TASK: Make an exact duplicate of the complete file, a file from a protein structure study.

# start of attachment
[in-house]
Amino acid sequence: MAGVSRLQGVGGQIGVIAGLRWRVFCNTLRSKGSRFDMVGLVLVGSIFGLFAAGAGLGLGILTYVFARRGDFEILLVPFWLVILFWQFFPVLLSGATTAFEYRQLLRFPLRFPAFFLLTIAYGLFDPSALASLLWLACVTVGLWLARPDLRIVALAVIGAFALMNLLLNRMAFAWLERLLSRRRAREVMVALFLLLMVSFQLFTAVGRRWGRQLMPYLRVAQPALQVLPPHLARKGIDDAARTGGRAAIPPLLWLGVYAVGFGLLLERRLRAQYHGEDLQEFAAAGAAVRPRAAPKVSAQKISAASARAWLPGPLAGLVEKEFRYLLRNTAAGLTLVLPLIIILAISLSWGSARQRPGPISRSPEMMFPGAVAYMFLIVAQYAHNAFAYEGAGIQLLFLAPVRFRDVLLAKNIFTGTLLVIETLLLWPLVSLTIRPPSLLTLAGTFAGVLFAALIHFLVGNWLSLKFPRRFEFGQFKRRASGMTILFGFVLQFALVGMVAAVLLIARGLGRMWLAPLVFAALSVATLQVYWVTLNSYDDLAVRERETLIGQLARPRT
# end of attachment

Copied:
[in-house]
Amino acid sequence: MAGVSRLQGVGGQIGVIAGLRWRVFCNTLRSKGSRFDMVGLVLVGSIFGLFAAGAGLGLGILTYVFARRGDFEILLVPFWLVILFWQFFPVLLSGATTAFEYRQLLRFPLRFPAFFLLTIAYGLFDPSALASLLWLACVTVGLWLARPDLRIVALAVIGAFALMNLLLNRMAFAWLERLLSRRRAREVMVALFLLLMVSFQLFTAVGRRWGRQLMPYLRVAQPALQVLPPHLARKGIDDAARTGGRAAIPPLLWLGVYAVGFGLLLERRLRAQYHGEDLQEFAAAGAAVRPRAAPKVSAQKISAASARAWLPGPLAGLVEKEFRYLLRNTAAGLTLVLPLIIILAISLSWGSARQRPGPISRSPEMMFPGAVAYMFLIVAQYAHNAFAYEGAGIQLLFLAPVRFRDVLLAKNIFTGTLLVIETLLLWPLVSLTIRPPSLLTLAGTFAGVLFAALIHFLVGNWLSLKFPRRFEFGQFKRRASGMTILFGFVLQFALVGMVAAVLLIARGLGRMWLAPLVFAALSVATLQVYWVTLNSYDDLAVRERETLIGQLARPRT